Devoted to the Propagation and Defense of New Testament Christianity
September 29, 1960
NUMBER 21, PAGE 12-13a

The Church As God Sees It

S. R. Tipton, Phoenix, Arizona

How did we arrive at our subject? Indeed it is a Bible subject. The book of Ephesians has been sometimes called "Paul's syllabus on the church" and by studying it closely we may see "The church as God sees it." There is a great need for us to see "the church as God sees it," for when we do, we love, appreciate, support and glorify God through it. On the other hand when we do not, we will desecrate it's worship, corrupt it's organization, prostitute it's work, bring shame and reproach upon it's name, and thereby impeach the wisdom of God.

As we open the book we find the church in God's eternal plan, or in His grand scheme of redemption. Paul declares: "Unto me, who am less than the least of all the saints, is this grace given, that I should preach among the Gentiles the unsearchable riches of Christ; And to make all men see what is the fellowship of the mystery, which from the beginning of the world hath been hid in God, who created all things by Jesus Christ: To the intent that now unto the principalities and powers in heavenly places might be known by the church the manifold wisdom of God, according to the eternal purpose which he purposed in Christ Jesus our Lord." (Eph. 3:8-11) Paul's reference to the "fellowship of the mystery" refers to God's scheme or plan which had, before the Gospel age, been hidden from man, but now God's "mystery" was revealed, was made known by Paul and the other apostles. Indeed, by the establishment of the church, the "manifold wisdom of God is made known" even to the "principalities and powers in heavenly places."

It is true that the Old Testament records many prophecies concerning the church, and even though "holy men of God snake as they were moved by the Holy Spirit" they could not understand the things of which they prophesied. Even the angels or heavenly beings "desired to look into those things" but the church was yet to them "God's mystery." With the establishment of the church on Pentecost Day, following the resurrection of our Lord (Acts 2), the "mystery, which from the beginning of the world had been hid in God" was made known, and that, "by the church," and all the "principalities and powers in heavenly places" could now see "the manifold wisdom of God."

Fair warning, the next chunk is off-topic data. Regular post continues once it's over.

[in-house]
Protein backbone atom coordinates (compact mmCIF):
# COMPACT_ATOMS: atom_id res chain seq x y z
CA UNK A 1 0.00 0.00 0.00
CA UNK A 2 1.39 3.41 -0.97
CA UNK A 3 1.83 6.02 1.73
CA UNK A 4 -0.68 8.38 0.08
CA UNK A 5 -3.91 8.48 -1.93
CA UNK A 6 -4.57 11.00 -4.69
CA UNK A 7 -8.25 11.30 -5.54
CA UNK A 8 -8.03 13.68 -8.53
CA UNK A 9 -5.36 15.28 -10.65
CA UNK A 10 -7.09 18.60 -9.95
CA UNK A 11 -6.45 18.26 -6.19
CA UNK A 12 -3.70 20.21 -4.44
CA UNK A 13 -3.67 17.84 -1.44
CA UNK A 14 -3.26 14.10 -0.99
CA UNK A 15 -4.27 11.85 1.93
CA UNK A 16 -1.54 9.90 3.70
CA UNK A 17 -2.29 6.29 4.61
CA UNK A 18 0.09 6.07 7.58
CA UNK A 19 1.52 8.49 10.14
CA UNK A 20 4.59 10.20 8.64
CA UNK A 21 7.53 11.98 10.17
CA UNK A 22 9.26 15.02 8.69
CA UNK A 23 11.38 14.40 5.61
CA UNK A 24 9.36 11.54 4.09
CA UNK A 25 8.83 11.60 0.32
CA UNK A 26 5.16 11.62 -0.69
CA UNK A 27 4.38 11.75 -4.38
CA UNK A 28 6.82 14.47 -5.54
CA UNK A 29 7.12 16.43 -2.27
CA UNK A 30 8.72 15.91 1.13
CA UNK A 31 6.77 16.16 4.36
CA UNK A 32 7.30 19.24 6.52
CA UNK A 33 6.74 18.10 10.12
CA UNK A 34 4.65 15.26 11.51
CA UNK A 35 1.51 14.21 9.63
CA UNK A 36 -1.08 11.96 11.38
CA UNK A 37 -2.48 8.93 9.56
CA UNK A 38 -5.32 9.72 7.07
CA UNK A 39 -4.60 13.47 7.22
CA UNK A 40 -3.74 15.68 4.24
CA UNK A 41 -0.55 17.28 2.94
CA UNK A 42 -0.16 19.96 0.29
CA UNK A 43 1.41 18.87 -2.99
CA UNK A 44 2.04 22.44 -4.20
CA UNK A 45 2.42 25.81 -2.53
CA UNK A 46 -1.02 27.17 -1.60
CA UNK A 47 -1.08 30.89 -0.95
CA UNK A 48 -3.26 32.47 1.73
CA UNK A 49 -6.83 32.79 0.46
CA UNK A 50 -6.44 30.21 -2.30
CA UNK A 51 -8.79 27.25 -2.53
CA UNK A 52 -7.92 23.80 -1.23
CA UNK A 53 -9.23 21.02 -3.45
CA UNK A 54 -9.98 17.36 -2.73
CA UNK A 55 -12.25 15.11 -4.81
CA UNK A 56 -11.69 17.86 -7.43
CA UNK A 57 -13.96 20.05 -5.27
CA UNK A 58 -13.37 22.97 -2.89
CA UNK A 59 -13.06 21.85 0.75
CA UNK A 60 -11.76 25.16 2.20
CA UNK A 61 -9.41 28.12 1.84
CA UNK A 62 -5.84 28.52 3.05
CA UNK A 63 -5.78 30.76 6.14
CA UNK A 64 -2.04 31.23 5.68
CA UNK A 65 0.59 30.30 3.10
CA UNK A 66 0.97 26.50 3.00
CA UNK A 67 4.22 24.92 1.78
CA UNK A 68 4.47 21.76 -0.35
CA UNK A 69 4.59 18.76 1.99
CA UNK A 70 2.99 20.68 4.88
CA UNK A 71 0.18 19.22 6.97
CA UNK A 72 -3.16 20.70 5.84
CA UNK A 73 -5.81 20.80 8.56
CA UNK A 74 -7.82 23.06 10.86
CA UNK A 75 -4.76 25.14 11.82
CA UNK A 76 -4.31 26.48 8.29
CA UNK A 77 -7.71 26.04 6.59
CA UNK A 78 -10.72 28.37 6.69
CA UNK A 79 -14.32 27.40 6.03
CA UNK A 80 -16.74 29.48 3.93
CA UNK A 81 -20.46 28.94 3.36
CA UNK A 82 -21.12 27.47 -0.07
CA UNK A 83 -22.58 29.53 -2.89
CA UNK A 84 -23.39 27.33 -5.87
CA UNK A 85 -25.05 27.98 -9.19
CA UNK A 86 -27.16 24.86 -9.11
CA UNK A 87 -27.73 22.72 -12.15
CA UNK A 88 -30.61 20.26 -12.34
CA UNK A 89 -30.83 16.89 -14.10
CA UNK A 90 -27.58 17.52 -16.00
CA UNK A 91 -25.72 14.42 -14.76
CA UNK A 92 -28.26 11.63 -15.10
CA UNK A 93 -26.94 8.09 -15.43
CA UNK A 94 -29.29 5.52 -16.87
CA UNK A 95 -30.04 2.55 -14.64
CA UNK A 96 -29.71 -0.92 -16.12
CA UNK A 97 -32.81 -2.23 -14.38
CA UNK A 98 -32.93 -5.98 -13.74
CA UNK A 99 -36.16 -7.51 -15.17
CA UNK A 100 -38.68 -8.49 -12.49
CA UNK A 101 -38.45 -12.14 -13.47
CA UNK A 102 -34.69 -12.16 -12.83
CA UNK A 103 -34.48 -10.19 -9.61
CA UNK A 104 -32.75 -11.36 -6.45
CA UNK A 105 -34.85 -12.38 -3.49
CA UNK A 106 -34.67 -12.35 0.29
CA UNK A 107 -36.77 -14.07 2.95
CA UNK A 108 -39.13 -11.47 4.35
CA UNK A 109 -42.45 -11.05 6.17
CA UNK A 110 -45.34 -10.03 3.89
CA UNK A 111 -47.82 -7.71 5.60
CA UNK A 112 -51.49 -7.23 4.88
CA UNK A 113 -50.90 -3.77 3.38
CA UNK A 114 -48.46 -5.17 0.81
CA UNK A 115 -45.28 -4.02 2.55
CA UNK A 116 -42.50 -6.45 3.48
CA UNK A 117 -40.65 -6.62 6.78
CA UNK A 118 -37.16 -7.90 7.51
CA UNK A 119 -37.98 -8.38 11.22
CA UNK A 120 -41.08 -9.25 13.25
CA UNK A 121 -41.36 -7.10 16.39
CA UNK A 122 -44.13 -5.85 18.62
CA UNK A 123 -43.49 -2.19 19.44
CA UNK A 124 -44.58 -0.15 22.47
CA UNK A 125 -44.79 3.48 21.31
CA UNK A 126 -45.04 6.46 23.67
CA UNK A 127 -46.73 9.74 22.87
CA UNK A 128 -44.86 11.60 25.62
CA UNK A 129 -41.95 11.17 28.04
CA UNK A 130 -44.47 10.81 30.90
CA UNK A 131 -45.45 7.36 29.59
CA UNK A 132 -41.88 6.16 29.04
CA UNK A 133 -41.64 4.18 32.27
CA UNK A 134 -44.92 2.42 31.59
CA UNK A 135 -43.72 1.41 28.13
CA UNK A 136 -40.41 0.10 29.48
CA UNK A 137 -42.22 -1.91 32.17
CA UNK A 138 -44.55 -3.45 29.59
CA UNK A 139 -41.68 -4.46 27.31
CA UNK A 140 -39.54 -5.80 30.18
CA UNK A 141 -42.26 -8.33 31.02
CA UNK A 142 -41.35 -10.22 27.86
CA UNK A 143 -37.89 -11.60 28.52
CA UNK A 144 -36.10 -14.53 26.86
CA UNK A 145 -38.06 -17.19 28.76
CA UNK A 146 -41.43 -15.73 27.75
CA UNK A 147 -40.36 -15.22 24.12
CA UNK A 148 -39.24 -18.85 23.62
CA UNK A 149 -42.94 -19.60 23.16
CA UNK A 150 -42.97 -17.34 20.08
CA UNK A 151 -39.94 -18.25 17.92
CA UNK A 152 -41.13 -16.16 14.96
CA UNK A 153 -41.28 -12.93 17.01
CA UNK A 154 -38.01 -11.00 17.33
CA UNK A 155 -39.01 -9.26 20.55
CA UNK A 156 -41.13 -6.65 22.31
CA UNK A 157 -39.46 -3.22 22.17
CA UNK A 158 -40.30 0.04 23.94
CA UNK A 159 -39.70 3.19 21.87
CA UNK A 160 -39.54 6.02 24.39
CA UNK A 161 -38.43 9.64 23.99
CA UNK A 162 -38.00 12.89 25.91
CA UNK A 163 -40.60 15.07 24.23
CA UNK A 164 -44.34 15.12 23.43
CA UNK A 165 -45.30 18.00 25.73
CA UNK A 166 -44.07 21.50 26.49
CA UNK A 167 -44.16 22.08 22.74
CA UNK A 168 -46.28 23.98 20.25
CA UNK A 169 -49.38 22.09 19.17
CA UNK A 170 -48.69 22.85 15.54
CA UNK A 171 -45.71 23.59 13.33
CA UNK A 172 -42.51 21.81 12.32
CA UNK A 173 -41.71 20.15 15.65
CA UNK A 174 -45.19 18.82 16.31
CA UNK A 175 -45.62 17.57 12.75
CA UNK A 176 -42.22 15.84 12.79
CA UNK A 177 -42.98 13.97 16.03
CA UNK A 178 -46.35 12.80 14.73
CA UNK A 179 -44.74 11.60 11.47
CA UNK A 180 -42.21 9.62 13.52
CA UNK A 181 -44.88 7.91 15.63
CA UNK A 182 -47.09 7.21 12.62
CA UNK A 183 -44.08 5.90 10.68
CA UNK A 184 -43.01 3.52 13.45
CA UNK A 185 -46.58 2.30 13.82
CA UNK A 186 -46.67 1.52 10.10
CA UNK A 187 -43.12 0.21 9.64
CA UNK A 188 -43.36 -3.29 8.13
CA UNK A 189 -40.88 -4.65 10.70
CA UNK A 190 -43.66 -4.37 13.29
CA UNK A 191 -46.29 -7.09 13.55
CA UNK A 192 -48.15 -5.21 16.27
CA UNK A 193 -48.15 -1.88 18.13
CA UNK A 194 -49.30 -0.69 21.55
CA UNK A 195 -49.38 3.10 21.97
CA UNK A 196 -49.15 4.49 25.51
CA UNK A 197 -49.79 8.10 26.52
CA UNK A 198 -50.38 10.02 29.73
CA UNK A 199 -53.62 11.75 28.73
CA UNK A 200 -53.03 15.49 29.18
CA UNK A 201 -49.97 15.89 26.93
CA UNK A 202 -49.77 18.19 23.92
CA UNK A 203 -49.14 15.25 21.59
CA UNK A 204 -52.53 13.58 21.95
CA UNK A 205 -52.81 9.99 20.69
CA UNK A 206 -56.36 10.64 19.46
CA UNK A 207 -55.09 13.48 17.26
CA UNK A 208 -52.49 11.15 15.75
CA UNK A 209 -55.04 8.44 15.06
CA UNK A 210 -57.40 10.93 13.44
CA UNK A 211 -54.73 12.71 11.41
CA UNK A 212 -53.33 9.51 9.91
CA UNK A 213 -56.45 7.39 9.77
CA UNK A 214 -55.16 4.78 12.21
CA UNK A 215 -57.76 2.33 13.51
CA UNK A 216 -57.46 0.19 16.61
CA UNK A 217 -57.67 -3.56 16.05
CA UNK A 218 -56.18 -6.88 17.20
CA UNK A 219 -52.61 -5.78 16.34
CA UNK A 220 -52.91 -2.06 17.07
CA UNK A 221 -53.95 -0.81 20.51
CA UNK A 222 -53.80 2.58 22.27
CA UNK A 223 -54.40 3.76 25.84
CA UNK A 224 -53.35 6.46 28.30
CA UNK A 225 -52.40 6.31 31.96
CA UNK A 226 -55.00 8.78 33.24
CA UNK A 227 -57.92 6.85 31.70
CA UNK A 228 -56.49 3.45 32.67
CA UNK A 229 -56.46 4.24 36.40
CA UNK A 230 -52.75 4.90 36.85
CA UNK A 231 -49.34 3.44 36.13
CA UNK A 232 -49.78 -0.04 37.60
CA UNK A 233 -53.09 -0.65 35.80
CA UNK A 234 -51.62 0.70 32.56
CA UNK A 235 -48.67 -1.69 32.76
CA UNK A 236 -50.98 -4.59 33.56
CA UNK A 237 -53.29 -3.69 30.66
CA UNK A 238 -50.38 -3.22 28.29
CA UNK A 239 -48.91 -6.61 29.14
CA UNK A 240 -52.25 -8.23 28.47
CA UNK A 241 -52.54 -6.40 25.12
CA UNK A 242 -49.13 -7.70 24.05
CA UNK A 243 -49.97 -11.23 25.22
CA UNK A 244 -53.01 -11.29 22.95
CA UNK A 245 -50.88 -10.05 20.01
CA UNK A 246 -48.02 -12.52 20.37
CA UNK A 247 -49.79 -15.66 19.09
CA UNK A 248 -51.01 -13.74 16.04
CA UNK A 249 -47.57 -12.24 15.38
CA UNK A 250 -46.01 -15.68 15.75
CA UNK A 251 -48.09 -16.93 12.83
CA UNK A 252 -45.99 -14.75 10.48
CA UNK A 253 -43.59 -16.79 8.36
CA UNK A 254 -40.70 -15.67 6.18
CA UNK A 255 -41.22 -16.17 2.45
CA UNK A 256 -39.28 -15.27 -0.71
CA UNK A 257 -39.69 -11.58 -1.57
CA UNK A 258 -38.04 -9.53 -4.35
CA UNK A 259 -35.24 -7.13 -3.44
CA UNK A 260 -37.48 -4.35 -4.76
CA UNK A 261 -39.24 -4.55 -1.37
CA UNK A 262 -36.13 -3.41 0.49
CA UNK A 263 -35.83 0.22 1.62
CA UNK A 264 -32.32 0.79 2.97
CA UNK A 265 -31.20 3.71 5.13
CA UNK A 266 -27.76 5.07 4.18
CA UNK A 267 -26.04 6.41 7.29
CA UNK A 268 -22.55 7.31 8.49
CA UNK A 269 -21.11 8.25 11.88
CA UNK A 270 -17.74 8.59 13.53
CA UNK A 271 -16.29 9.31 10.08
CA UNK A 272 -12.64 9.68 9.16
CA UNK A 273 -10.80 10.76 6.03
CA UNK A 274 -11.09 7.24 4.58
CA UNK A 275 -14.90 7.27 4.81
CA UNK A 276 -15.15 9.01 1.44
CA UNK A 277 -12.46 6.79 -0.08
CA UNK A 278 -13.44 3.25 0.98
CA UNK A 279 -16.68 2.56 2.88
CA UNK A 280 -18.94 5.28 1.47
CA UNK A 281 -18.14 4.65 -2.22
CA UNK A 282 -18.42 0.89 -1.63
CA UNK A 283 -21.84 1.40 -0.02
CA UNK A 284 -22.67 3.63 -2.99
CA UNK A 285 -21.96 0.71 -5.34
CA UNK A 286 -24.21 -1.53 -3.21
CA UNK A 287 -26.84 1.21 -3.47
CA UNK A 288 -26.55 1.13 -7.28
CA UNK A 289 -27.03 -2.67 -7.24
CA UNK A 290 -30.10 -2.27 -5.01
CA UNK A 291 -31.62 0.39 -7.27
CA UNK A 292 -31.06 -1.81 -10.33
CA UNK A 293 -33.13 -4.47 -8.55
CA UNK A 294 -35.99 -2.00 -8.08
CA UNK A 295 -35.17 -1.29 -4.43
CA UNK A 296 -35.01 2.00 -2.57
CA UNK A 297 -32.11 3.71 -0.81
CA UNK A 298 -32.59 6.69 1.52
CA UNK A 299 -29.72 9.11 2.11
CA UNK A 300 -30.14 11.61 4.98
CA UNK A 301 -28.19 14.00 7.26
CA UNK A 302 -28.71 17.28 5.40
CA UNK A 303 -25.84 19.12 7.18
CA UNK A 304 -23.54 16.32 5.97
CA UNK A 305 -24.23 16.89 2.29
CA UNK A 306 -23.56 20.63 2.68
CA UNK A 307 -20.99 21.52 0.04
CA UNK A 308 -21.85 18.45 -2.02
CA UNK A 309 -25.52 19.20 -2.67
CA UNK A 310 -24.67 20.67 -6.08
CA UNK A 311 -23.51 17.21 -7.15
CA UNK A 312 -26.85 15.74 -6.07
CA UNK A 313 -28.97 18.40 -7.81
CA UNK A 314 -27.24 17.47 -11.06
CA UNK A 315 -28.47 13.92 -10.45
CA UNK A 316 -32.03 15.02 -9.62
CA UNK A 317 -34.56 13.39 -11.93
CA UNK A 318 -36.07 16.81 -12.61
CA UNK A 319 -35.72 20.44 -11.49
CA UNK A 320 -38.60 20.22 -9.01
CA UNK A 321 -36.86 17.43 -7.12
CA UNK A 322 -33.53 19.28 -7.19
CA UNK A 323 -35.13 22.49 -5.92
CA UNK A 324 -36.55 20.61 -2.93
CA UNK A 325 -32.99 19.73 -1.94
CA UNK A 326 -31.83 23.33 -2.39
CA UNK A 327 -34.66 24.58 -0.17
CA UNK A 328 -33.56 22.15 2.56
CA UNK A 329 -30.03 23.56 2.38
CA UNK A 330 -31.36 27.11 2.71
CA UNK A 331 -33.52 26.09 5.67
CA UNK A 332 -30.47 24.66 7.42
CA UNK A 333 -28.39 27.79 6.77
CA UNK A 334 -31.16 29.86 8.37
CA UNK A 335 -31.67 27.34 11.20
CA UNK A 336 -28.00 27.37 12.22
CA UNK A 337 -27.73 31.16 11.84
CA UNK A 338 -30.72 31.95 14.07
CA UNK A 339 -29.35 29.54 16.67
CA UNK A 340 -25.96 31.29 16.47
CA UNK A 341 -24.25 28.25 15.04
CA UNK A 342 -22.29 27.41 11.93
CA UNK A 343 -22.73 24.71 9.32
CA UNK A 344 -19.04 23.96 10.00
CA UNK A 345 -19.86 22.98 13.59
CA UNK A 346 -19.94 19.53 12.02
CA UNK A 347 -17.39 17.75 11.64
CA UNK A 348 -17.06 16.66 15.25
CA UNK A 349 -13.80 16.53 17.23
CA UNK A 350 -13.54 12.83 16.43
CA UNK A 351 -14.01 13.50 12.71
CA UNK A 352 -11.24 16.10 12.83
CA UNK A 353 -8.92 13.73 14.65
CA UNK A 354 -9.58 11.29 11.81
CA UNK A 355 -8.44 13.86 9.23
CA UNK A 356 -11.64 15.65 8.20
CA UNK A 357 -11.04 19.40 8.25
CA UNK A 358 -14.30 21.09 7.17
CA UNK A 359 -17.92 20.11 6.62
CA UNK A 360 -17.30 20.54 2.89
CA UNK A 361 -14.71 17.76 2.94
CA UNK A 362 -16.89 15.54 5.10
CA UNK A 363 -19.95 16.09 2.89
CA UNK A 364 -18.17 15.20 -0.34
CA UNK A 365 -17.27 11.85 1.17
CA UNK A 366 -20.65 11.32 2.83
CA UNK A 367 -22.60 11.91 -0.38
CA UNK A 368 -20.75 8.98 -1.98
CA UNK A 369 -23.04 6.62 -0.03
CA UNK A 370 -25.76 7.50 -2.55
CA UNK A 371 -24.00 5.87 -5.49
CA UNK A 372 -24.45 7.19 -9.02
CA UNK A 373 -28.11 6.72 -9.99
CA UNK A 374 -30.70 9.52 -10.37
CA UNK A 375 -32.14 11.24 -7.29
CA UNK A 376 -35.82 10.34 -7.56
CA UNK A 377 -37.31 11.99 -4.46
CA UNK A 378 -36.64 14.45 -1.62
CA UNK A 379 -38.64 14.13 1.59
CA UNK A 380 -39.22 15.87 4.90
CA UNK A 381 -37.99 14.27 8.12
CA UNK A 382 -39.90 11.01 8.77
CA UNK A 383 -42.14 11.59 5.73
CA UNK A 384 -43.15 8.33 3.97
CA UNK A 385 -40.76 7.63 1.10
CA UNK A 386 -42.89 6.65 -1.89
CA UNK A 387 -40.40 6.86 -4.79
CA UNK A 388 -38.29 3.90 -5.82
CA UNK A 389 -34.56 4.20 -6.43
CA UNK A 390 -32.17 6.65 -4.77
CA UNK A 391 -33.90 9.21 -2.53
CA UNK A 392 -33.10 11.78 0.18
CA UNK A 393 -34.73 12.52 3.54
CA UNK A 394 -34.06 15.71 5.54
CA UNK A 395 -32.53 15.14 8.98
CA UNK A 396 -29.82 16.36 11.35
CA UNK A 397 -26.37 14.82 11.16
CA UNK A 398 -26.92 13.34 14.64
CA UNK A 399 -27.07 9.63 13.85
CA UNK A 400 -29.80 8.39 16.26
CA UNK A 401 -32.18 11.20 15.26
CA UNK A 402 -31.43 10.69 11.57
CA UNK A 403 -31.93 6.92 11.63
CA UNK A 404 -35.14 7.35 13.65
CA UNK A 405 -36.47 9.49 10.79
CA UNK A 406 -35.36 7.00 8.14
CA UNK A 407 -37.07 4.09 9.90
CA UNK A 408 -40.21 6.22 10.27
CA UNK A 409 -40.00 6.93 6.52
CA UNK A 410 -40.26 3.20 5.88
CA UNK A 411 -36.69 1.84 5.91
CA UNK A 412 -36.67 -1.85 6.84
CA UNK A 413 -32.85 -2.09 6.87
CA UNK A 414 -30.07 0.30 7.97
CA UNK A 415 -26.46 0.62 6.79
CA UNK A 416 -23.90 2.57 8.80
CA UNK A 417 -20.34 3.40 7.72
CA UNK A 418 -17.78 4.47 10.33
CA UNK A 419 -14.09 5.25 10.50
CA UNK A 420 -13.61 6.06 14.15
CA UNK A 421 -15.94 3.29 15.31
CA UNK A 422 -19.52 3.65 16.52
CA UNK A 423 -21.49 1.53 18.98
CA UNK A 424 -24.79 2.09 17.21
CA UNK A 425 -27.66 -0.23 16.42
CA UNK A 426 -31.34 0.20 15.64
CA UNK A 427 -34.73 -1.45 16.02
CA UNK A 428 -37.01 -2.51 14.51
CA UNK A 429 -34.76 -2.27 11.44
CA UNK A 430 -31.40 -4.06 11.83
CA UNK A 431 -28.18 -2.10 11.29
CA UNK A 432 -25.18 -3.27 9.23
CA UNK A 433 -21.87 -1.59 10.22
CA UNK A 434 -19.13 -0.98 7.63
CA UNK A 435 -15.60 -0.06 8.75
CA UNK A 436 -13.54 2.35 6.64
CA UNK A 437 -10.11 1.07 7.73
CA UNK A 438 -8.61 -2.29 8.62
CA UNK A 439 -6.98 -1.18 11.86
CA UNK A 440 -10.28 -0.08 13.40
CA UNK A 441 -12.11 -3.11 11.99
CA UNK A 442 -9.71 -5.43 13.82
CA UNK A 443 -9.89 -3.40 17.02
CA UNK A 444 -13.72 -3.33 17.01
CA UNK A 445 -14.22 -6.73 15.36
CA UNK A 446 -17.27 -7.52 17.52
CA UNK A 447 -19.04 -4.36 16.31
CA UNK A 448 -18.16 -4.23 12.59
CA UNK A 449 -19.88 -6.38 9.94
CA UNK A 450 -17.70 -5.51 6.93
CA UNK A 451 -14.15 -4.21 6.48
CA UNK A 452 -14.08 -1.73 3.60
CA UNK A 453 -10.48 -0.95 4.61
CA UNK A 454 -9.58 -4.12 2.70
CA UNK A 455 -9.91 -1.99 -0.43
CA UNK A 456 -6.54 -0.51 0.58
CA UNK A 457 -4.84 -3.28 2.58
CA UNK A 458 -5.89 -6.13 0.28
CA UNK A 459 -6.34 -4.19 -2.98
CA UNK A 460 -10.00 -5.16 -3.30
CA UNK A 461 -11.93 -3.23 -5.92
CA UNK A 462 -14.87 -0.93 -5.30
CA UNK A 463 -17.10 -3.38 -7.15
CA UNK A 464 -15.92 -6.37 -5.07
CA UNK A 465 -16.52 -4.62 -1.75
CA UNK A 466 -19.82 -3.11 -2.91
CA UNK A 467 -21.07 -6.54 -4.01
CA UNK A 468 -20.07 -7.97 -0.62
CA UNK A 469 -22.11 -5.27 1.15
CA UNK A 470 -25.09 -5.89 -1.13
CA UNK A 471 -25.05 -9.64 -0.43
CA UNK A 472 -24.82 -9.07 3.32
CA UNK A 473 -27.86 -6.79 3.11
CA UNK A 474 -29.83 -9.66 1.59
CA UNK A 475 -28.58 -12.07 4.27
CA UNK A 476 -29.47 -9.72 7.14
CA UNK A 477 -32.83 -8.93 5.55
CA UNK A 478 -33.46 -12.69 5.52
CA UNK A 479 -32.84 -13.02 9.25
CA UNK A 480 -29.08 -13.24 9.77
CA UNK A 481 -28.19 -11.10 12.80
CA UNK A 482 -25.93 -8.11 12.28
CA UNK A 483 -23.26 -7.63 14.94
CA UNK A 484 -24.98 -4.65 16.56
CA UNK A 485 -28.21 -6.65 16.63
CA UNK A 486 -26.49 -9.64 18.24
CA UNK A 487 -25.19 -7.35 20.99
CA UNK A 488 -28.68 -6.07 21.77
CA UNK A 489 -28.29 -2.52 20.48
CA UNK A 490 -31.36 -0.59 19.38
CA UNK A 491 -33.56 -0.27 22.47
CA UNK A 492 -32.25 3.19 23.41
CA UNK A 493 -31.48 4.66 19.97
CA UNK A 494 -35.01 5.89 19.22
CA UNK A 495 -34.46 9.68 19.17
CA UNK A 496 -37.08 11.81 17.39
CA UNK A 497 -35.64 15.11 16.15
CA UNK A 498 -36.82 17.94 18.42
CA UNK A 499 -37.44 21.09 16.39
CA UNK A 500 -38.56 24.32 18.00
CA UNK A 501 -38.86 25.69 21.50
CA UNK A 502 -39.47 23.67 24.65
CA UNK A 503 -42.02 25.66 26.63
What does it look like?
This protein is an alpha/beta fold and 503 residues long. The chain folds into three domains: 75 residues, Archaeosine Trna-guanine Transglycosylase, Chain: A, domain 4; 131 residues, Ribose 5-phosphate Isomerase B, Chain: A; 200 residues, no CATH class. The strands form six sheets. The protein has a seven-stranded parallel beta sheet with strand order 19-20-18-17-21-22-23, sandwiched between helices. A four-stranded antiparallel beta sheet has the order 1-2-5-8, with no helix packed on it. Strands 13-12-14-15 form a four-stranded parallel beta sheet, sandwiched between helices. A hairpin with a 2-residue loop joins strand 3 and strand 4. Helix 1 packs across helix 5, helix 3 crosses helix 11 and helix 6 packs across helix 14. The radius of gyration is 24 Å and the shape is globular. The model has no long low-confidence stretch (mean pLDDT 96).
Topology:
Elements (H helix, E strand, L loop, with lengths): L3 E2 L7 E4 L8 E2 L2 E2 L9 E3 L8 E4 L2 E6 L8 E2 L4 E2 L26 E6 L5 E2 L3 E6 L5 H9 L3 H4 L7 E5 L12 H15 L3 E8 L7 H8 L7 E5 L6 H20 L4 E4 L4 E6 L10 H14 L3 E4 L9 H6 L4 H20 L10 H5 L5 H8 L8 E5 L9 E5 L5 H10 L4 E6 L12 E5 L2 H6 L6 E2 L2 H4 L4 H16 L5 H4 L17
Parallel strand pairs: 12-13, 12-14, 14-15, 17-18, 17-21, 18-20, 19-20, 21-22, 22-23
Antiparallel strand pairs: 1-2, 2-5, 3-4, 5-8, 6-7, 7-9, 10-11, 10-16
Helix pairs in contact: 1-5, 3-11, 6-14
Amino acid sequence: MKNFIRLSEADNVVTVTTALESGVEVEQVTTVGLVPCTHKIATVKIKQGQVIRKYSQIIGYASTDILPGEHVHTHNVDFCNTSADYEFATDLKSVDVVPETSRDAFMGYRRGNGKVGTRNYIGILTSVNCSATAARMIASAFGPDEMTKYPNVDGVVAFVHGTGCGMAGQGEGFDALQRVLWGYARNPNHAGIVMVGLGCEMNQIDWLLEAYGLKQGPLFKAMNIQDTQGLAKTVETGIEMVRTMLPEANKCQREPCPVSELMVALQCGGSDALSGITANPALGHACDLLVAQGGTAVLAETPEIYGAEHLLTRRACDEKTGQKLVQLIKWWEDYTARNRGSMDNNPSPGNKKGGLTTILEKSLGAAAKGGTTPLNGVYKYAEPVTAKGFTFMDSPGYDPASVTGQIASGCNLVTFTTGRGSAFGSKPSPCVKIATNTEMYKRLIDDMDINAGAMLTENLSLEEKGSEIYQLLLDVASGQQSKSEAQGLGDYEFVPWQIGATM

Notice that "God's manifold wisdom" is made known through the church (singular), and that God's wisdom is impeached in the multitudinous hosts of religious bodies and organizations of men. Jesus said: "....upon this rock I will build my church (singular) and the gates of hell shall not prevail against it (singular)." (Matt. 16:18)

When the Lord established His church in Jerusalem it was, as Paul declared: "....for to make in himself of twain one new man, so making peace; And that he might reconcile both unto God in one body by the cross, having slain the enmity thereby." (Eph. 2:15-16) The "one new man," and the "one body" of the above passage has reference to one and the same thing which obviously is the church. There can be no doubt that the apostle is pointing back to the time when God, in the beginning, created man and here speaks of the church as God's creation of "the new man" or the "one body" the church. Even as God created man perfect in the beginning, and as man was perfect and lacking nothing, and remained so until be sinned, even so the church came into being by a miracle and being perfect, complete and lacking nothing, and remained so until it impeached God's wisdom by changing it's organization or corrupting it's worship.